Every once in a while a request comes in that seems impossible. It’s as if the name was invented, and used just that once. Until you look just a little deeper, and it becomes apparent that the name isn’t invented, but merely long forgotten.
Thanks to Ashley for suggesting the mysterious Ladusky as our Baby Name of the Day.
Ladusky pops up in genealogies at a fairly steady clip. She was in use in the early nineteenth century, exclusively for women, throughout the US, and she’s never completely disappeared.
Before we get to her origins, here’s more proof that the name was a bona fide appellation in the nineteenth century: Frances Hodgson Burnett penned a novel called Ladusky in 1877. This was a few years before her success with Sara Crewe and Little Lord Fauntleroy, but some years after she’d established herself as a writer. Ladusky wasn’t a hit, and I can’t find it – or a plot summary – anywhere.
Still, we know this much – Burnett was a daring namer. Editha, Esmerelda, Feather, Stefan, and Cedric are among her characters. So it isn’t a surprise to find a gem like Ladusky among her works.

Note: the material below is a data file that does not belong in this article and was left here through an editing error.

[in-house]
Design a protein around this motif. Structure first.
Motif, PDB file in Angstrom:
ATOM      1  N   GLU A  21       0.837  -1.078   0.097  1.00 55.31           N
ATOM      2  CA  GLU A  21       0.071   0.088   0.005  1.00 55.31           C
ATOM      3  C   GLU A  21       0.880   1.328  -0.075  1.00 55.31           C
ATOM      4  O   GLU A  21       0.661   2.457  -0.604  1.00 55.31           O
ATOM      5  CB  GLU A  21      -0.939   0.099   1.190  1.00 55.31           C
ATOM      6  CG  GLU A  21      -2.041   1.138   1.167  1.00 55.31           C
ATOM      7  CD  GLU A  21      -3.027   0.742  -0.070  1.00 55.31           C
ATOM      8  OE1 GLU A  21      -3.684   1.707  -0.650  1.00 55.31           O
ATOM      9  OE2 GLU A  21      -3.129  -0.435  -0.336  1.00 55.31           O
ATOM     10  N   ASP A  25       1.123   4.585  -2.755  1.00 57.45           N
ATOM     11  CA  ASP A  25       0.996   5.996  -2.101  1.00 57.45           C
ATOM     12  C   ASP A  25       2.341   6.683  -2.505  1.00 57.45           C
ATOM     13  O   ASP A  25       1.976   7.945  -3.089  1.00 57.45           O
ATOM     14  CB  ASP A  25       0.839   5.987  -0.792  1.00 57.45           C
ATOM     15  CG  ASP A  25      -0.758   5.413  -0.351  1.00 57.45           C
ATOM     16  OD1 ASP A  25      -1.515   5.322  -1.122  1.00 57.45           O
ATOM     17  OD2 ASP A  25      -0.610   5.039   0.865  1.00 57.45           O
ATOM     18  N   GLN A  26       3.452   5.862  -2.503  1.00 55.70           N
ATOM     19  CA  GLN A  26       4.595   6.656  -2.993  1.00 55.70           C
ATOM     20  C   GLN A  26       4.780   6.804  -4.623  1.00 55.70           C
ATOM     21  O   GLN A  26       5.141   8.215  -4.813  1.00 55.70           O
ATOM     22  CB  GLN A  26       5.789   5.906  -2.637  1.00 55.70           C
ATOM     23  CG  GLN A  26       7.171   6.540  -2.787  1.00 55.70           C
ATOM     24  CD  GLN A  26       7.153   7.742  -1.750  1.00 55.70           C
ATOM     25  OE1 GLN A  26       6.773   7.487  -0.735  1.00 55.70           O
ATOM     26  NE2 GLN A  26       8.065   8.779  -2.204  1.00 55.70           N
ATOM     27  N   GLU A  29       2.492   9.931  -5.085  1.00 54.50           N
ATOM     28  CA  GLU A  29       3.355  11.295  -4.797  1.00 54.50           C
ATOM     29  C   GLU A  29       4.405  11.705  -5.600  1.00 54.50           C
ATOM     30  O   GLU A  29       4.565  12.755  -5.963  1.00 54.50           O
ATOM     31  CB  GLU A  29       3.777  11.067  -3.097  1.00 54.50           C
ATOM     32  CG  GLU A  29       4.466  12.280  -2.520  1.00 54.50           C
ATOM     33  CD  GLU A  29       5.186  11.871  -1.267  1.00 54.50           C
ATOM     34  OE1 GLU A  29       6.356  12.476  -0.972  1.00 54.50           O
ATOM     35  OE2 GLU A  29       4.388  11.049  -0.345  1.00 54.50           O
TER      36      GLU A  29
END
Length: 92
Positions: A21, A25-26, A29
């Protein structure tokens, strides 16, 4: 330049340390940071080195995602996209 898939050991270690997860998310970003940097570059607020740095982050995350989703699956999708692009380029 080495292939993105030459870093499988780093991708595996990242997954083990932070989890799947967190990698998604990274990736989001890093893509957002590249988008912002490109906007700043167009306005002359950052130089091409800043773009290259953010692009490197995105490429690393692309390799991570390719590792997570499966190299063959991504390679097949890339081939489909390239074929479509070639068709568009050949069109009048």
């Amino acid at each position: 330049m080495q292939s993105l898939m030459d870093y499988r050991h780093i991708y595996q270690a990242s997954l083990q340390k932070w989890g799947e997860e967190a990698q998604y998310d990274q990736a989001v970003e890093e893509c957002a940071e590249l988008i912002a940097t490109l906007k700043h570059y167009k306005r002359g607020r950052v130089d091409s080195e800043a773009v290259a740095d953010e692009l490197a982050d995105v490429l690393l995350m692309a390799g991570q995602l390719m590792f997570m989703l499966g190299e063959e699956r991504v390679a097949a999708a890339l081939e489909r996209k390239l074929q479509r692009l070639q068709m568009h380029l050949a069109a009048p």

While the name has never ranked in the US Top 1000, she was fairly common in the earlier part of the nineteenth century. Where does she come from? Hold on to your hat – Ladusky appears to have evolved from Louise.
If Louise to Ladusky feels like a leap, it helps to look at some of the Northern European variants of the name:
You can imagine that none of these would be simple to wear in American English. I suspect it is a combination of a changed pronunciation of Ludwika and company, paired with the diminutive form -ka. (Think of Mariska or Madlenka.) And so we start to find names like Laduska and Loduska in use, and Ladusky, too.
There are even forms like Ladieska, and I wonder if it helps explain the handful of girls named Lady in the late nineteenth century. But that’s just a guess – it could just as easily be the equivalent of naming your son Earl.
Another temptation is to link the use of other forms of Louis within the same family tree. While it is true that Ladusky and Louis or Louisa do sometimes appear over the space of a generation or two, I suspect that they were quickly seen as different names, the equivalent of Jacob and James today.
While notable Laduskys are limited to Burnett’s fictional heroine, there was a Christian missionary who cared for those with leprosy and the wounded in Japan during the Russo-Japanese war. Her name was Loduska Wirick.
Ladusky eventually became a surname, too, presumably from similar roots.
From Clovis and Aloysius to Ludovica and Ladusky, Louis might be the appellation that has generated more variant forms – and more surprising variants – than any name.